You probably already know the physical features you like in a mate—be it body type, personality traits or facial hair. While it’s true that you can be attracted to many different people and put off by others, there is some science to the “finding-the-perfect-mate” process. How? Oddly enough, with your nose!
The Evolution of Attraction
When it comes to sexual desire, there are biological and evolutionary reasons why our bodies behave the way they do. While lust is best for finding a mate with the best genes, relationships based on love prove to be optimal for child rearing.â— Without a bone in the penis (like some other species), men need strong arousal to achieve an erection.â— White sclera (whites of eyes) and light iris color exaggerate the pupil size, signifying a woman is interested in a potential mate.â— Men prefer women with a waist-to-hip ratio of 70 percent because it represents greater childbearing odds.â— Women use memory stored in the hippocampus to size up men. When a woman is in love, there’s more hippocampus activity.
While your initial attraction to someone may be physical, one of the true messengers of love is chemical. We’re attracted to people who have good smells, and repulsed by those with bad smells.Yes, we spend time and money on disguising our smells—with perfume, deodorant, shampoo and detergents. But, our brain still cuts through all of that to detect the unique scents of different people. These are micro-smells called pheromones. They’re so subtle you can’t detect them consciously, and at the same time, powerful enough to influence your decisions about attraction.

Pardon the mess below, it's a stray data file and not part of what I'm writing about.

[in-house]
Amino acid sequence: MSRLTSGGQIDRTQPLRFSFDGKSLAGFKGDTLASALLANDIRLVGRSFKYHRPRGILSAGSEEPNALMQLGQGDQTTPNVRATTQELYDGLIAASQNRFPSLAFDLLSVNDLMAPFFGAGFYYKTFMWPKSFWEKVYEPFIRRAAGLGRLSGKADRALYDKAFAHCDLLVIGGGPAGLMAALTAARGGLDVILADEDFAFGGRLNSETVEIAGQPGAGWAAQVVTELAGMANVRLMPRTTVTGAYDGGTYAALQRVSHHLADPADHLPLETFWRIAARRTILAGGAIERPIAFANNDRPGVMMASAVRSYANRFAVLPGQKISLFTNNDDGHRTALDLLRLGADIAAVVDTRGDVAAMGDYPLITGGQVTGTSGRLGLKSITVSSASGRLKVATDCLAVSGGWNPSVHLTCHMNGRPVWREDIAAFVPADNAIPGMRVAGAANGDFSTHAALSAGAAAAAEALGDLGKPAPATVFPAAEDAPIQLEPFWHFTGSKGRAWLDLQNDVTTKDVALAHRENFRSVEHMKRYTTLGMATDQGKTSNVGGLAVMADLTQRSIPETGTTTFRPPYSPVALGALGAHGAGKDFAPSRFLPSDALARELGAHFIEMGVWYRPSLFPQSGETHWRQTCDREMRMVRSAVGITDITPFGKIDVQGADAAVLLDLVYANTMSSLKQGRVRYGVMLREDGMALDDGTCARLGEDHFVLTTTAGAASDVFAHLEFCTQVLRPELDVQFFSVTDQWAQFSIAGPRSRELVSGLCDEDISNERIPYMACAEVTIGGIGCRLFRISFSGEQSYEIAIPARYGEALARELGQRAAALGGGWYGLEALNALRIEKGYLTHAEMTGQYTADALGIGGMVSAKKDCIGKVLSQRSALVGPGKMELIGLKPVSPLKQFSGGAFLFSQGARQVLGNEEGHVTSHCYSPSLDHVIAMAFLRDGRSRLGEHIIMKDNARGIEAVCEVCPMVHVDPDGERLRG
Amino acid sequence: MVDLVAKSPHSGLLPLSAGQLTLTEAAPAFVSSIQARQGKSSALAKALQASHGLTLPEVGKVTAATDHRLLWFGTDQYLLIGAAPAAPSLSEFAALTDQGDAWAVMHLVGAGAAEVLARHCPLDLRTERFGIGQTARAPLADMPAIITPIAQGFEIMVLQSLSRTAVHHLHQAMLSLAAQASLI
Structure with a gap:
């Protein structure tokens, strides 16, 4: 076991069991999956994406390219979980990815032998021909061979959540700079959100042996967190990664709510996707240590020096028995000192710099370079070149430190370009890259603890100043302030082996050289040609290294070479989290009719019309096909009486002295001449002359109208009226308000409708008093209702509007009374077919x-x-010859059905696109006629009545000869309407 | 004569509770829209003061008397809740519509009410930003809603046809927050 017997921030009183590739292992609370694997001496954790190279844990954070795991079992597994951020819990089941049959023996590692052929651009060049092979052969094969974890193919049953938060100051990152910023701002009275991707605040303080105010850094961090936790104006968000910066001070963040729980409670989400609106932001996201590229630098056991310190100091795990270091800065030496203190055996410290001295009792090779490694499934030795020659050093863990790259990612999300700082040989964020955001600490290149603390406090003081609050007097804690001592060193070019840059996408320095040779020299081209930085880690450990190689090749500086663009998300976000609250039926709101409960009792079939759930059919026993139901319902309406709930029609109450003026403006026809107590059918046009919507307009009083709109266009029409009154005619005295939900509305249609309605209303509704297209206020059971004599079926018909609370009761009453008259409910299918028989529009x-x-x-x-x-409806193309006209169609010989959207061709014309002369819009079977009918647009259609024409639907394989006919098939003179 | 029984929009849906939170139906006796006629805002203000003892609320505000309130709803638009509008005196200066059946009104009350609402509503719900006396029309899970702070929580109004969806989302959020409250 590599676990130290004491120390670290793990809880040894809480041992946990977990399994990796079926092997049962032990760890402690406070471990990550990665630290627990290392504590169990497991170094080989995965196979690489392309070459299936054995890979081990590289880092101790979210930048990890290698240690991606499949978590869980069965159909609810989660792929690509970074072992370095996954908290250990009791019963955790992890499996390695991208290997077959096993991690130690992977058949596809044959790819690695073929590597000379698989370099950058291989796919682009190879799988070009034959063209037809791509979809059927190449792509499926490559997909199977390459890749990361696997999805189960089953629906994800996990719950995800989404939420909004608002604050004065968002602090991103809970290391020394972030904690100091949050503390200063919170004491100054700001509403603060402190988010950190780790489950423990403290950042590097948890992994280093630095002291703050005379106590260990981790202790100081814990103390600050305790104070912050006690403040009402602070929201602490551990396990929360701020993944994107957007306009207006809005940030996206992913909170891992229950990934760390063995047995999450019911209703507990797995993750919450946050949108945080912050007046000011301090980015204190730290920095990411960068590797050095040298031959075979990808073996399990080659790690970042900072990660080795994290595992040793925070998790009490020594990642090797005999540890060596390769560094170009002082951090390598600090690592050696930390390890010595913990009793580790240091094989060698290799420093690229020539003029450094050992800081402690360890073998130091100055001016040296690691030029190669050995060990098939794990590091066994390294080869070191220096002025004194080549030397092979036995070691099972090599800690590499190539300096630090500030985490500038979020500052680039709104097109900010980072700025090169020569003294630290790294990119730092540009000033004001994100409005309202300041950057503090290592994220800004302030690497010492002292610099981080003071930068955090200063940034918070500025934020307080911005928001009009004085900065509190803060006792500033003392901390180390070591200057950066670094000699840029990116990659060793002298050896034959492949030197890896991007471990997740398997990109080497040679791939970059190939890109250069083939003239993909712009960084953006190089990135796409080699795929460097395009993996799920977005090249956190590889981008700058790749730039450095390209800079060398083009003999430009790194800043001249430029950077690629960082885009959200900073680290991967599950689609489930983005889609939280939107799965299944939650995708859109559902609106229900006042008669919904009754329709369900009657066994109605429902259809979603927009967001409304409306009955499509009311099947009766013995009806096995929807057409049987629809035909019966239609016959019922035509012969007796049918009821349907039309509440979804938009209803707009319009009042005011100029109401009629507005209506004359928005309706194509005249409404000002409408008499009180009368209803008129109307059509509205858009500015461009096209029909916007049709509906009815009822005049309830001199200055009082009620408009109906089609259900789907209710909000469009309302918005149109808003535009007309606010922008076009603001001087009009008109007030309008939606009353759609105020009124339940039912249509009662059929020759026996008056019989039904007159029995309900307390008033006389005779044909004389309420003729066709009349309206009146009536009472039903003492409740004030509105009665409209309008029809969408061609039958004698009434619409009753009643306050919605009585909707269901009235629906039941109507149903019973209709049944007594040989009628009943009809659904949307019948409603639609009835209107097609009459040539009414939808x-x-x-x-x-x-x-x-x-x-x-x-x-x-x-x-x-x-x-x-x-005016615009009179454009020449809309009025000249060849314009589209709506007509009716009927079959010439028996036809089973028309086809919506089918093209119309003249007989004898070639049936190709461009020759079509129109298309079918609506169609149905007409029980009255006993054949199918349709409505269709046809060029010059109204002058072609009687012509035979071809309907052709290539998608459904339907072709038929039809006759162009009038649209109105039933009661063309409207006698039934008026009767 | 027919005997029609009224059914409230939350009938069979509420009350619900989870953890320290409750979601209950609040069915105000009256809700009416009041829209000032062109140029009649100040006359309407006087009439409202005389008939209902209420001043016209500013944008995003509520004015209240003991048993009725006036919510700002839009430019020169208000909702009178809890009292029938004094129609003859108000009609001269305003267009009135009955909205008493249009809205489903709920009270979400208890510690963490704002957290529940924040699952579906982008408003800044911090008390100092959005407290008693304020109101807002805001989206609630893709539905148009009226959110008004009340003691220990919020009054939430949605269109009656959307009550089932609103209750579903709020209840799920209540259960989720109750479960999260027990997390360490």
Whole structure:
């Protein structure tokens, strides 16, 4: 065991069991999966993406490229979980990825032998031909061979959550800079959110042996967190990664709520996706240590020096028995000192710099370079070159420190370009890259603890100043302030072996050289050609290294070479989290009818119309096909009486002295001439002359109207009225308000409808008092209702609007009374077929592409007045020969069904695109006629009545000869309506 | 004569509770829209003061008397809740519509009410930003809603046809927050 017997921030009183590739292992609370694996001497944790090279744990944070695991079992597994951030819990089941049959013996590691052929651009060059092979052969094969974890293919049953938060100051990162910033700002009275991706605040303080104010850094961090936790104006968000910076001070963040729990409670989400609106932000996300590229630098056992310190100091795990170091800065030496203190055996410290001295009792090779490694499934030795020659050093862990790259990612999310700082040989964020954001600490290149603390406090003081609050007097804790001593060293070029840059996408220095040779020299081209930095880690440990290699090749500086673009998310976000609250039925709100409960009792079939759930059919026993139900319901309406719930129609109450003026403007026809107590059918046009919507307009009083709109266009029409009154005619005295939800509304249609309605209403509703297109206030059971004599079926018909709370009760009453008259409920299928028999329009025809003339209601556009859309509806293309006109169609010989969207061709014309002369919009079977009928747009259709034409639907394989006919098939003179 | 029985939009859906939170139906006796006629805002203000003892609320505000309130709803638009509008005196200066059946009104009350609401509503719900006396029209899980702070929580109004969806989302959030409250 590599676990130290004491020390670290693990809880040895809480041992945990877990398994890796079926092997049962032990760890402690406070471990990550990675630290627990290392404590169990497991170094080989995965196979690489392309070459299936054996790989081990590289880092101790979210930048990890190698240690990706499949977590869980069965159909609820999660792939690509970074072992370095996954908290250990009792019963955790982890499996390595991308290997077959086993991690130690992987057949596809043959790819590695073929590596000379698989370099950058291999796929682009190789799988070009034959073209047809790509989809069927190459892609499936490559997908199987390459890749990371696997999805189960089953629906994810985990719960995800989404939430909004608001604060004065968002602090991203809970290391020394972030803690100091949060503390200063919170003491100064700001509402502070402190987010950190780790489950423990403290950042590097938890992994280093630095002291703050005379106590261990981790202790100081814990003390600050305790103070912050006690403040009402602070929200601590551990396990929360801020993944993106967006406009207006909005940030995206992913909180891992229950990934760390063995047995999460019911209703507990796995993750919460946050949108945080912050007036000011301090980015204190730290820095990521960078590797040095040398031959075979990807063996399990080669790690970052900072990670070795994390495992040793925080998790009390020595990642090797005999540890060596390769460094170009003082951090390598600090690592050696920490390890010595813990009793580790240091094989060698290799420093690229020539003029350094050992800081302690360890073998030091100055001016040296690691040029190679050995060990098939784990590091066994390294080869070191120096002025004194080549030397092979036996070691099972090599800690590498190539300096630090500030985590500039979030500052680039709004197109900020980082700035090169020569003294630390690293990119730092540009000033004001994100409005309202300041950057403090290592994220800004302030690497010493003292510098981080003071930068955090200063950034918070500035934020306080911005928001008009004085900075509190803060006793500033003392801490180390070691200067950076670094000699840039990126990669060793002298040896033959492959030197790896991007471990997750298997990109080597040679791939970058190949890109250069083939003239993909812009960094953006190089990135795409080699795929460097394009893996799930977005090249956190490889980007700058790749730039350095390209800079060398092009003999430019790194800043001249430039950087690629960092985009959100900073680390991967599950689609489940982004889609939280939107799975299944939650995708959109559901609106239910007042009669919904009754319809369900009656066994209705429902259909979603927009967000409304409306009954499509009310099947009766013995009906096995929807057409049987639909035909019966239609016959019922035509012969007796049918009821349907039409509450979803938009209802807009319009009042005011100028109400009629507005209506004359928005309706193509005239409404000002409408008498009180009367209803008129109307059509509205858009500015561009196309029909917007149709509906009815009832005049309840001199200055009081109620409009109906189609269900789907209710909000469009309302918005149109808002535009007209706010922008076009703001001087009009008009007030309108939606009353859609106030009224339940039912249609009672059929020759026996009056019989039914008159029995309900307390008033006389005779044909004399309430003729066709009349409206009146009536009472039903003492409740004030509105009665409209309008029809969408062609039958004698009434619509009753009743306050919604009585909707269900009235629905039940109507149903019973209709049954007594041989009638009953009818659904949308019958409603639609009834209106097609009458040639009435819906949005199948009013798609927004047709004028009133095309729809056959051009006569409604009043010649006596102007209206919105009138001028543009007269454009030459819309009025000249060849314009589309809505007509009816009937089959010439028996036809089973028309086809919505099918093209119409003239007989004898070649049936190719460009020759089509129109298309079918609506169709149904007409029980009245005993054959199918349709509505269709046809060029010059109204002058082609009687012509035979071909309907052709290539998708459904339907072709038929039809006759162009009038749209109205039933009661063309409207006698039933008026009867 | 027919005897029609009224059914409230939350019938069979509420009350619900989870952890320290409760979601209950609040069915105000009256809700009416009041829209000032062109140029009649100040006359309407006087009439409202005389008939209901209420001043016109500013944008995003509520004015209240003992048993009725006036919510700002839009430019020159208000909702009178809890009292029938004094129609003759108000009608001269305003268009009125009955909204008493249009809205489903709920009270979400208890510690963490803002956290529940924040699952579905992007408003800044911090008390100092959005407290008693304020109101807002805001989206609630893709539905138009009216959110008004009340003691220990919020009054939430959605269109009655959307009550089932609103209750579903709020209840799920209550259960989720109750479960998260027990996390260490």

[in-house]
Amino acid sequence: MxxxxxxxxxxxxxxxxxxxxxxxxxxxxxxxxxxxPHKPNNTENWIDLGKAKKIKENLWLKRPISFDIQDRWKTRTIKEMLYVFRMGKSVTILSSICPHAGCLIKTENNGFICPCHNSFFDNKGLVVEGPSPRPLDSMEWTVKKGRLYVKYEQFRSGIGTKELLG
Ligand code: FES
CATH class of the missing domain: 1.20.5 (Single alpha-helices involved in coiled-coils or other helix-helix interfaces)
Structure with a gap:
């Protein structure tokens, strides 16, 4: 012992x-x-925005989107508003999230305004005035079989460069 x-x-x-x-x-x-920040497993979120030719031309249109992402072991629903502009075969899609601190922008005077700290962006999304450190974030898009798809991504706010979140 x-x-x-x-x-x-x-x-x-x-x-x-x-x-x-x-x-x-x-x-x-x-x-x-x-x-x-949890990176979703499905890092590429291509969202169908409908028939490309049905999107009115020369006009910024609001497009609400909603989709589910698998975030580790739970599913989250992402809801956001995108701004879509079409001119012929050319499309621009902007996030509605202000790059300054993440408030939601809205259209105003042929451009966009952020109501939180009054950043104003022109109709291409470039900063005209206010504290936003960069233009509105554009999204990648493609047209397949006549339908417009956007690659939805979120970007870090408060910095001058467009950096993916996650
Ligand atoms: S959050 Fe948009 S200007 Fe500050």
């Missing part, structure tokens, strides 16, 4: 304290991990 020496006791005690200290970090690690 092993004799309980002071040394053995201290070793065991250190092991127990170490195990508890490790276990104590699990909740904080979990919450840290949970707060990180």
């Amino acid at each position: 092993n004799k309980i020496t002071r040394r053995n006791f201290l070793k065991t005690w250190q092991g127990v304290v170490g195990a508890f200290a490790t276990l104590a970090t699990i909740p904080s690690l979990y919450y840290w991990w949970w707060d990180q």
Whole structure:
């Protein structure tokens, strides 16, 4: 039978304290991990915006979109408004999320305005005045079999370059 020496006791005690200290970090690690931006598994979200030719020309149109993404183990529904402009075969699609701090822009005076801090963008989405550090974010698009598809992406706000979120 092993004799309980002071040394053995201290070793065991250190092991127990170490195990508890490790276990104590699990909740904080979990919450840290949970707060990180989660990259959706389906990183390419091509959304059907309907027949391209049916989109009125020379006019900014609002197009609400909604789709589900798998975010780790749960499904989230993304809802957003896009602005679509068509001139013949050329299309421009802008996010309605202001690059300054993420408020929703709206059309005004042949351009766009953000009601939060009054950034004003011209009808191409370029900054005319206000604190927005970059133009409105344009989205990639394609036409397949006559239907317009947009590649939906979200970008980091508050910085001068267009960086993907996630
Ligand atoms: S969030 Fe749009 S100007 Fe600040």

These odorless steroids float through the air, stimulating the nerves in your nose. The nerve signals travel to your brain, triggering complicated chemical reactions.This then sometimes ends with the question, “Can I buy you a drink?” (These chemicals are also important because they help animals distinguish each other. For example, pheromones help a father recognize his own daughter and decrease the chance of their mating and causing sexual mutations.)
Scientists have recently become very interested in this “accessory olfactory system.” It’s still new and controversial, but the theory stands that the pheromone system starts with nerve cells in tiny sacs called the vomeronasal organ (VNO), where the signals are first picked up. Behind the nostrils, the VNO is a pretty primitive structure. The nerve fiber attached to these organs (“cranial nerve zero”) responds directly to scents from potential mates.Conveniently, nerve zero begins in the nose and ends in the brain area that deals with, yep, you guessed it—sex. Given that this nerve contributes to the sex drive of other animals (such as whales), people theorize it plays a big part in our sex lives too. Why? Pheromones and testosterone seem to directly drive sexual desire and activity in long-term relationships.
Even after we find a mate, we respond to different kinds of pheromones from people—some attract and others repel us. There’s even some research out there that says specific pheromones applied to the skin can increase the amount of sex we have.